Downsides of Boundless that I’ve run into so far:

Possibly the least professional looking series of websites for an MMO I’ve ever played.

The main one is at The forums looks like they pulled up a branch of some kind of internal communication software, complete with tags. The account management is at and only has a sign-in option, not create account options. There is some kind of completely unofficial server status check that doesn’t appear to work anymore (

Triple A this is not. The overall impression is that this is a group of programmer/designers who are mostly working on the game without a lot of external support or time to pay attention to sidelong things like marketing, comms/public relations or glitz up stuff.

And the whole reason I wound up this ridiculous sidetrek of lousy websites? I couldn’t create an account on first log in. It offered me the option, but after I filled in everything, the “create account” button remained steadfastly greyed out.

Also greyed out was the log-in button, when I tried to put in the username and a random password, wondering if the username was already taken. So no, that wasn’t the problem either.

Was the log-in server down? Did the influx of eager Humble Bundle Boundless newbies swamp the apparently mostly deserted game and drown their ability to create accounts? I sifted through all the websites and trawled both official and Steam forums trying to see if anyone else had encountered such a problem.

Nothing. Nada. Everything seemed fine. No help was forthcoming. I was nearly at my wit’s end wondering how to create an account, and finally was going for the forums to maybe post a question. Hang on, the forums has an option to create an account… I wonder if this might eventually be the same account as the Boundless one? It seemed probable. It even asked me to type in password twice and email twice, so it seemed even more legit than the in-game option which remained stubbornly greyed out.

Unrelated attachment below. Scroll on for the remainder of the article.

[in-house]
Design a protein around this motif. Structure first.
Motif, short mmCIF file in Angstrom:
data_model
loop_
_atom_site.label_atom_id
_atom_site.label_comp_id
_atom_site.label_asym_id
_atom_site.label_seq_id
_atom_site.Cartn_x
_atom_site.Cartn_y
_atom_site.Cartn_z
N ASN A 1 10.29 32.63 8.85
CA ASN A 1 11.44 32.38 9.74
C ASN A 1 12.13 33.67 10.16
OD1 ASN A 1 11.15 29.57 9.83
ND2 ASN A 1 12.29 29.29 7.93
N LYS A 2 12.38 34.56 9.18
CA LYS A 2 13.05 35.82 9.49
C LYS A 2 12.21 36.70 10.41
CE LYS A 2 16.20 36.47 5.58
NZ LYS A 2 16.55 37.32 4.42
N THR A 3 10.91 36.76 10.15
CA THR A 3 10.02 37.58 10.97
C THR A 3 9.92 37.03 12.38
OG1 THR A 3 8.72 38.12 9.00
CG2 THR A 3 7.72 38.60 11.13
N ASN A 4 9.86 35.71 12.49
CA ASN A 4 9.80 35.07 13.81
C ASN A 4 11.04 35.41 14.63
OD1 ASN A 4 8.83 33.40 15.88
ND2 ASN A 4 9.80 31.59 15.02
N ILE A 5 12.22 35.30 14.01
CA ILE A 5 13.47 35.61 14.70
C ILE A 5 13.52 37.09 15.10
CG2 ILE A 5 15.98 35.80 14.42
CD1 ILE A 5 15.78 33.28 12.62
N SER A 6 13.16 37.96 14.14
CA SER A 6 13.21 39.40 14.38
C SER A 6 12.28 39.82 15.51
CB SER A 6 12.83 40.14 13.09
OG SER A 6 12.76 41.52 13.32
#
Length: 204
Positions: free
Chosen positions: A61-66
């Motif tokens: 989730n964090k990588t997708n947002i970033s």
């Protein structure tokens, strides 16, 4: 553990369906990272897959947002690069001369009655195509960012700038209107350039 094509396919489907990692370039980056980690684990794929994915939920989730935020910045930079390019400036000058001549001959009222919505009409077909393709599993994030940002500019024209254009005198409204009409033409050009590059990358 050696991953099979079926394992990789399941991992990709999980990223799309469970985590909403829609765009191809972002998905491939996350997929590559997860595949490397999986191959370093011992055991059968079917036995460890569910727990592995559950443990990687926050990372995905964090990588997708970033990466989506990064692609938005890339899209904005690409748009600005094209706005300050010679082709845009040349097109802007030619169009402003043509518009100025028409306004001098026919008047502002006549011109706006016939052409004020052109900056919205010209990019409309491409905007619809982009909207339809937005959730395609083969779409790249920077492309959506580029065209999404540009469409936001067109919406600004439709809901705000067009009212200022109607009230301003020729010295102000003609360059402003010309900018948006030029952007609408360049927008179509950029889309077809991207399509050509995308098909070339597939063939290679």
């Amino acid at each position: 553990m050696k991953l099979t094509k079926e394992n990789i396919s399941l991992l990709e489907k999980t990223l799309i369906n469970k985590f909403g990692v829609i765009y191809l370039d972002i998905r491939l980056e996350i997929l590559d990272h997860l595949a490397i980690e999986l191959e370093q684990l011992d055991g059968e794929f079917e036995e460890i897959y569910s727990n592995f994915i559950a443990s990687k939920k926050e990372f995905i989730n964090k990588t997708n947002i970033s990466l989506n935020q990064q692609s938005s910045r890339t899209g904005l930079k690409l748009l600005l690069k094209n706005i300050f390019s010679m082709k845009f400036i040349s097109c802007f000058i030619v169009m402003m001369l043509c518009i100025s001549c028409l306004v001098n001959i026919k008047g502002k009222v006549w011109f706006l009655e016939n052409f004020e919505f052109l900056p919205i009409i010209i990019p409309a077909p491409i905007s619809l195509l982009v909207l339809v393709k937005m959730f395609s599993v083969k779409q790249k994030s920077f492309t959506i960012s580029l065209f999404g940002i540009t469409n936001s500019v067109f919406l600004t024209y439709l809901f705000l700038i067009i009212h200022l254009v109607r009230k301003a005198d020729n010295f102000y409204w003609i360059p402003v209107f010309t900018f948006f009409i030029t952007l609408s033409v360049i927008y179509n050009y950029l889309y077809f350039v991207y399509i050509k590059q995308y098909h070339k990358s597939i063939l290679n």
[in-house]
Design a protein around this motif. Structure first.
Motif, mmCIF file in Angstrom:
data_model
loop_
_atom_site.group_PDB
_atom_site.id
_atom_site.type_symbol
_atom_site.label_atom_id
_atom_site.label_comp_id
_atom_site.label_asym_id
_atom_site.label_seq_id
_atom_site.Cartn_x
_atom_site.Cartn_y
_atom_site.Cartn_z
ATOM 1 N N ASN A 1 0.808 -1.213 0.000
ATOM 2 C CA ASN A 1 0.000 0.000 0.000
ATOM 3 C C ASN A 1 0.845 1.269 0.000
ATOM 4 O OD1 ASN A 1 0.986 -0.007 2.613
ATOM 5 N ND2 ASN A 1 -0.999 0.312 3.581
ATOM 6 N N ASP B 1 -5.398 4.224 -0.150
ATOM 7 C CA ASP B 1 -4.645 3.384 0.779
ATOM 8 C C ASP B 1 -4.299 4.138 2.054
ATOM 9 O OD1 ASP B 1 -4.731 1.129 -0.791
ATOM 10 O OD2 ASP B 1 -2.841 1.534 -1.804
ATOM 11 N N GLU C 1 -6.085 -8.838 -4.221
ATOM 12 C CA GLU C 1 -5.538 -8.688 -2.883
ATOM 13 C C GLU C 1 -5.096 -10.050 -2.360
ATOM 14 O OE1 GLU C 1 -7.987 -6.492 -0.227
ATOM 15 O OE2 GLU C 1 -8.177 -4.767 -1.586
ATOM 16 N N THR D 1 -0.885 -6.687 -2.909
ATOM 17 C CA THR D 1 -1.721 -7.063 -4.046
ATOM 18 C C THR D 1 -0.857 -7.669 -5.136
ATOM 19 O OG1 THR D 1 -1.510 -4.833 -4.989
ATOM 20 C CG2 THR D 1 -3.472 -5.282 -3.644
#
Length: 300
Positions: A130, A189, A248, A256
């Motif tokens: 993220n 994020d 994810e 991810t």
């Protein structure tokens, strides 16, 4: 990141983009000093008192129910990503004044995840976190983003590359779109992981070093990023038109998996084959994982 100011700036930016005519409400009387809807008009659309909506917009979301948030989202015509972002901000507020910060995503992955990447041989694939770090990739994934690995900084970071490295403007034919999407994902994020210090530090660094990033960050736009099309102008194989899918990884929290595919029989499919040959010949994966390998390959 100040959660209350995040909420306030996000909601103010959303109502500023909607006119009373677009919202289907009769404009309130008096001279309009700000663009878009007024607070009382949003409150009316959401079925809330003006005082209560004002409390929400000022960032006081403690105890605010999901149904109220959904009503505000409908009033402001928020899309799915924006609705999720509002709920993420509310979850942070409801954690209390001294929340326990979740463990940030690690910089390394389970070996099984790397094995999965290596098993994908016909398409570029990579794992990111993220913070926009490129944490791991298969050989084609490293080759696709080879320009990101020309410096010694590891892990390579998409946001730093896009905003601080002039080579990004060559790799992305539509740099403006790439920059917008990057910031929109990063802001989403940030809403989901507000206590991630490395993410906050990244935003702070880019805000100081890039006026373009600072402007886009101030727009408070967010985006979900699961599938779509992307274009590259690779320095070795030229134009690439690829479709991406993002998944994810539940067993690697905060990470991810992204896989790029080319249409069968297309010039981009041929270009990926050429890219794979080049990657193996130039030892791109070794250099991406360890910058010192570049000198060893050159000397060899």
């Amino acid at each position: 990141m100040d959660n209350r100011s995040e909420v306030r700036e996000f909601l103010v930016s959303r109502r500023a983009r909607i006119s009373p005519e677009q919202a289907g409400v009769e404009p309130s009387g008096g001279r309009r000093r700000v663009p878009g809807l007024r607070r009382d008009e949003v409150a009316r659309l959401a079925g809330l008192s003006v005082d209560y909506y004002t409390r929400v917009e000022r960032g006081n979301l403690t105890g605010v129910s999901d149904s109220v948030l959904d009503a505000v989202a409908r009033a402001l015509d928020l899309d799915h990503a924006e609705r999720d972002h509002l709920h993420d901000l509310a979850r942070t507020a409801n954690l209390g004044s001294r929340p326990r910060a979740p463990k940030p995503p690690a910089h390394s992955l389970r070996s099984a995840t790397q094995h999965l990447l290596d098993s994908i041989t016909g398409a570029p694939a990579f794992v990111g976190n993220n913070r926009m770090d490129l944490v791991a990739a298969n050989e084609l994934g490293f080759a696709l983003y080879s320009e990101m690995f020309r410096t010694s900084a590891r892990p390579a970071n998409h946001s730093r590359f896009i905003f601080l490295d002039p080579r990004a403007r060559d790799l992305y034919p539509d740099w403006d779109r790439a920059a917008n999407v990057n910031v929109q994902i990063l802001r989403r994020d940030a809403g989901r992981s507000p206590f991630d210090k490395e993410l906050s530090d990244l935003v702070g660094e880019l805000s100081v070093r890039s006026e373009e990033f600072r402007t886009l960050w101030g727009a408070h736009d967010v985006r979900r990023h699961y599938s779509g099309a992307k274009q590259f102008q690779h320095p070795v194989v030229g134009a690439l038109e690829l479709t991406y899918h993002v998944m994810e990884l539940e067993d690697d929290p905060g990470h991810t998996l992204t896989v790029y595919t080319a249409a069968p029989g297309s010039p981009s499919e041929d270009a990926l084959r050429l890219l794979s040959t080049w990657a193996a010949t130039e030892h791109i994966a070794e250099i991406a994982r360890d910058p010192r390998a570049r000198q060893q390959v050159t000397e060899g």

I hit submit… and an error message popped up “password must be 8-18 characters long.”

You don’t say? Was THAT the problem after all? My password, being that I’m a little bit of a security freak when dealing with unknown quantities, was 22 character long.

Was. I subtracted 4 characters from  it, pasted it into the in-game ‘create account’ menu, and voila, the button ungreyed itself and I could create an account via in-game means, like presumably most normal players. If only the in-game version had actually bothered to have an error message for why the button was steadfastly greyed out…

Yeah. Well. Adjust your expectations for spit and polish (or lack thereof) accordingly for this game.

The other issue some players apparently have with Boundless is the lack of significant player population. I expect this is quite normal for a longer running sandbox game with not that much buzz and that high a regular price tag, though presumably more newbies are coming in via the Humble Bundle route.

My Social player needs are exceedingly low, so this does not bother me in the slightest. Heck, in a building game that requires plots of land to build on, it’s better NOT to be tripping over players at every step.

So far, I haven’t run into any actual players per se, though I was playing at a slightly off-sync timezone, and there were maybe 6 players active on the world I was on. Works for me, less need for social interaction the better at the moment, so that I can just run around doing harvester explorer things. If I wanted to be social, there’s always A Tale in the Desert.

I have, however, run into the results of player activity (however long ago it happened.)




It’s pretty cool. It’s far more building than I will ever get up to, but it’s lovely to run around and admire (without the owner around staring gimlets into you).

Apparently I rather “cleverly” (sheer luck, really) chose my landing zone right next to the capital city of the planet, so I have some access to major civilization if I ever need stuff in that direction.

If not, then well, I’ll be content with my temporary camp set up while progressing down tech trees and figuring out how to get elsewhere for further exploration. I need to see more sights and more planets before I ever settle down anywhere!